Mascarenhas making waves
Dimitri Mascarenhas has just headed off for the Indian Premier League - but his day job as captain of Hampshire is still precious to him.
Mascarenhas inherited the captaincy this season following the unexpected retirement of mentor and master Shane Warne.
For a player who first arrived on trial almost in a different era at Southampton, 12 years ago when the club was still based near the city centre, it has been a long journey.
Identified by current team manager and then veteran batsman Paul Terry as a talent worth punting from his observations in Perth, London-born all-rounder Mascarenhas was a 2nd XI triallist at the same time as soon-to-be West Indies fast bowler Merv Dillon.
A dozen years on, the Aussie twang remains but Mascarenhas has become Hampshire through and through.
He owes an understandable allegiance to the county who nurtured him, eventually helping him to earn England one-day international and Twenty20 recognition and putting him on the IPL radar.
This summer became still more notable for Mascarenhas when he was nominated to fill Warne’s boots, and he is determined to give an exacting new role his best shot.
“It was a very proud moment,” he recalled, after tossing up for Hampshire in their opening LV County Championship match at home to Sussex.
“It’s a great honour to be captain of Hampshire. I never thought I’d ever be captain. But so far it’s going pretty well - no complaints yet.”
Will there be an element of frustration, though, that his big chance at IPL - Mascarenhas left on Sunday and will be away till May 12 - means he will not be around for Hampshire?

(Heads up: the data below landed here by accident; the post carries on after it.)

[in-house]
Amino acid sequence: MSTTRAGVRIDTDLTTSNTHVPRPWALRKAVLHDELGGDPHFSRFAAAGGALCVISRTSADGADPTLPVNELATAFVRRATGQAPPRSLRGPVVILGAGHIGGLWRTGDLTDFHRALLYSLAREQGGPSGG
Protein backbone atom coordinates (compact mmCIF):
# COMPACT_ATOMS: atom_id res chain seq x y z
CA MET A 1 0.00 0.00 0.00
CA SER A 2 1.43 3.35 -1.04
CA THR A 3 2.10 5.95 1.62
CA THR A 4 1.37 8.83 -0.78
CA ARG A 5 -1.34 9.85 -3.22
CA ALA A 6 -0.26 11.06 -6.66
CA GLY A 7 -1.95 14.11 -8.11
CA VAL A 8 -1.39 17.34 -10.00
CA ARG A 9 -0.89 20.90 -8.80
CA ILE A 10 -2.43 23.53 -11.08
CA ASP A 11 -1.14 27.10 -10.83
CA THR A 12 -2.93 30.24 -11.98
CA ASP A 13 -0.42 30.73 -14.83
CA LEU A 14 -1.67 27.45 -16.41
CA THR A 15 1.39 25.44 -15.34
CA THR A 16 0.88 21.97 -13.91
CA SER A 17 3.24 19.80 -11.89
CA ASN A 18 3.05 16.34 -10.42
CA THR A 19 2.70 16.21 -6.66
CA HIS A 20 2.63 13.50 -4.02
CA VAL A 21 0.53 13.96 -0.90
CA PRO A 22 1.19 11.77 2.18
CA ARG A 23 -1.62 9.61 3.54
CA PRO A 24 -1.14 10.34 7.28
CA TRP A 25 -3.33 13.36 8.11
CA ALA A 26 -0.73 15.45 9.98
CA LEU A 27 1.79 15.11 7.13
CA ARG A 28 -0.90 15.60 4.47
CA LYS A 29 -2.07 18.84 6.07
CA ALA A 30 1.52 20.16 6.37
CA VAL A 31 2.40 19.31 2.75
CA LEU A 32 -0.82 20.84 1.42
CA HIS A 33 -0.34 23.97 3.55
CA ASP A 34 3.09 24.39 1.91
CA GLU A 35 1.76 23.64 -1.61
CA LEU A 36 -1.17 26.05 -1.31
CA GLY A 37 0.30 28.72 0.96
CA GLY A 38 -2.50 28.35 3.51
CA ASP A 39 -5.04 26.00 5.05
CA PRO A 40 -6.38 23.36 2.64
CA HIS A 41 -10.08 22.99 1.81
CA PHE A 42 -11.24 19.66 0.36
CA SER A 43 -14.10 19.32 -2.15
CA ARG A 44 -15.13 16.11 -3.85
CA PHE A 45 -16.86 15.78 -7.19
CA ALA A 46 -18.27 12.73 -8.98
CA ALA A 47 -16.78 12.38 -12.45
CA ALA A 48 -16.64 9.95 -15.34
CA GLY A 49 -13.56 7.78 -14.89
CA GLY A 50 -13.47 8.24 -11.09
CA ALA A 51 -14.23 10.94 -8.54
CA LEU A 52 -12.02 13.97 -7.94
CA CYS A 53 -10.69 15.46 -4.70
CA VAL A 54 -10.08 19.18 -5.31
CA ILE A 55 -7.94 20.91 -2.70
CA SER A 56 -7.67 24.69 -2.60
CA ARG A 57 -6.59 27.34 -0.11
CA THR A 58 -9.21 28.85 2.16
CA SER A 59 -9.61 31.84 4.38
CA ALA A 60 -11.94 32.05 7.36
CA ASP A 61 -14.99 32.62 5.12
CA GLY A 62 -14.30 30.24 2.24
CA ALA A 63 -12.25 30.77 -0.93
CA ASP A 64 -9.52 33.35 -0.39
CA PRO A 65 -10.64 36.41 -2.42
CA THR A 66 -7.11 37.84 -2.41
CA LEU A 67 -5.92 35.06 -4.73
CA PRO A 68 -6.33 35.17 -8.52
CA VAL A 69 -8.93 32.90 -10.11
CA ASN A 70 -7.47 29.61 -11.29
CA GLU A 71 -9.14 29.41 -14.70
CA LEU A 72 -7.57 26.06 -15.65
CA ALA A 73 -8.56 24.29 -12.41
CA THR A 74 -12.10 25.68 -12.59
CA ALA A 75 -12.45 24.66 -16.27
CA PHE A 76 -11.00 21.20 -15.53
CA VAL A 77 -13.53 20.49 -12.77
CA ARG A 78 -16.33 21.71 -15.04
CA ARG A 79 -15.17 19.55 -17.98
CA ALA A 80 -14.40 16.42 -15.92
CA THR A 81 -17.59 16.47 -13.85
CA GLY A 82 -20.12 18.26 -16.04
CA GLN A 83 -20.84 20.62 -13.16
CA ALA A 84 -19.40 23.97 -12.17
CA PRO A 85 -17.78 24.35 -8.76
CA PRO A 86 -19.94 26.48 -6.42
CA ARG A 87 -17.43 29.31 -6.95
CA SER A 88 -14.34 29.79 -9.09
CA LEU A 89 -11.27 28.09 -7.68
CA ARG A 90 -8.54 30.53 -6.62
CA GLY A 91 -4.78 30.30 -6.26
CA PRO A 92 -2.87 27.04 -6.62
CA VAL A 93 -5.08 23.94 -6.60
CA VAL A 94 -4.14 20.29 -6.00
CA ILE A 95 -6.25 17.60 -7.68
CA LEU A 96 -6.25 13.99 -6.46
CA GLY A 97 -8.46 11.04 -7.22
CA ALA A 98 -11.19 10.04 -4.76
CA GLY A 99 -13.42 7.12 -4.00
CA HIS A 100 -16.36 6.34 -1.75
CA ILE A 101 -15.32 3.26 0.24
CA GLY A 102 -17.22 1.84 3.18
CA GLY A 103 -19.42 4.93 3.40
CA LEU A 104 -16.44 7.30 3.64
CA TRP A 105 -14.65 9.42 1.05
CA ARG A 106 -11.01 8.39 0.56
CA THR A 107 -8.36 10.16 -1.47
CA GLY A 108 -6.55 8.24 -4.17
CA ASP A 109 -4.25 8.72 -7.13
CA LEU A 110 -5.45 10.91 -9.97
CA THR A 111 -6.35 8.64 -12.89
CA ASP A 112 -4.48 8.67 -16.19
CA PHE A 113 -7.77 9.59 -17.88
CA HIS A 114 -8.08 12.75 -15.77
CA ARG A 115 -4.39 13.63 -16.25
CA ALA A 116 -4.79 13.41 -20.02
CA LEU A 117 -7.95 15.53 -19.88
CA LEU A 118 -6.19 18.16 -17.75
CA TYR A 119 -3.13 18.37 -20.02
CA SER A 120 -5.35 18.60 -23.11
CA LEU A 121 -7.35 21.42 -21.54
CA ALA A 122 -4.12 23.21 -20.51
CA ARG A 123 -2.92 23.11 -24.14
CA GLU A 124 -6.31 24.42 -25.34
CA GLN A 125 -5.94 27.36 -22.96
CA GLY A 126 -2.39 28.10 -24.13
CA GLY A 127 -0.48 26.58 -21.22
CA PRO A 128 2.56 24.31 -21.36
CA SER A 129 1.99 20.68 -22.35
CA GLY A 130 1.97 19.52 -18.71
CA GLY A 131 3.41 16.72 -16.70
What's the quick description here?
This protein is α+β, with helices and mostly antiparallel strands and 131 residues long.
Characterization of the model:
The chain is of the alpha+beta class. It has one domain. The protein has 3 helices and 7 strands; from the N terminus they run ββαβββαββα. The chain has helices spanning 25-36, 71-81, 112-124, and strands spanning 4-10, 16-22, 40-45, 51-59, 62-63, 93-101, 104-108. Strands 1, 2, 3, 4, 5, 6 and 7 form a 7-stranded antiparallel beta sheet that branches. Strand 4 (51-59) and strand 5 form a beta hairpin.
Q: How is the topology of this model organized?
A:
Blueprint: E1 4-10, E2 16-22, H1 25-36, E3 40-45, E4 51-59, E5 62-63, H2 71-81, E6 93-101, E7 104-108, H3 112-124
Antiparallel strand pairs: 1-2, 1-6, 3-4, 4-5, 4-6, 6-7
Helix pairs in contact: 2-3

Even after defeat against Yorkshire in his second championship match in charge, he prefers the positive spin - and insists his short absence will not be a problem.
“I’ll only be missing one championship game and a couple of one-dayers,” he explains. “I’ll be straight back and getting straight back into it.”
As for his embryonic captaincy style, Mascarenhas is of the consulting school - and he has plenty of brains to pick at the Rose Bowl, with the likes of former captain John Crawley and experienced wicketkeeper Nic Pothas on staff.
“I always take advice; I’m always open to it - whoever it is. But at the end of the day, I have to make the decision,” he insists.
“There’s loads of thoughts going through my head all the time - bowling changes, field placements, whether we need to attack or defend more.
“The lads have been brilliant; I talked it through with five or six of them what we should be doing, and they’re all willing to help.”
What then of the Warne legacy?
Mascarenhas acknowledges Australia’s all-time champion leg-spinner helped form many cricketing opinions in his seven-year association with Hampshire.
He admits ‘What would Warney do?’ does flash through his mind from time to time on the field - but jokes that the answer for his predecessor was usually pretty simple. “He’d probably just have put himself on - it was easy for him,” he recalls.
Mascarenhas’ canny medium-pace is handy at any level but not always a cure-all, so he knows he will have to keep his wits about him if Hampshire are to prove wrong many pundits who seem to have pencilled them in for relegation.
“As a squad - players and management - we haven’t really spoken about it a hell of a lot,” he reports.
“But people have written us off. They’ve obviously seen us as a one-man team, but we don’t see that one bit.
“There are 11 of us going out every day on that field - and as we’ve shown already, we can be right up there with the best of them.”
For Mascarenhas and his team, it is about pride in performance and achievement.
“We’re not trying to prove a point to anyone else; we just want to prove to ourselves that we’re good enough,” he adds.
“Our job is to try to win trophies, and that’s what we will be doing.”
For Mascarenhas, of course, those intentions will just have to wait for a fortnight or so - until he has finished strutting his stuff for Warne’s Rajasthan Royals five thousand miles away.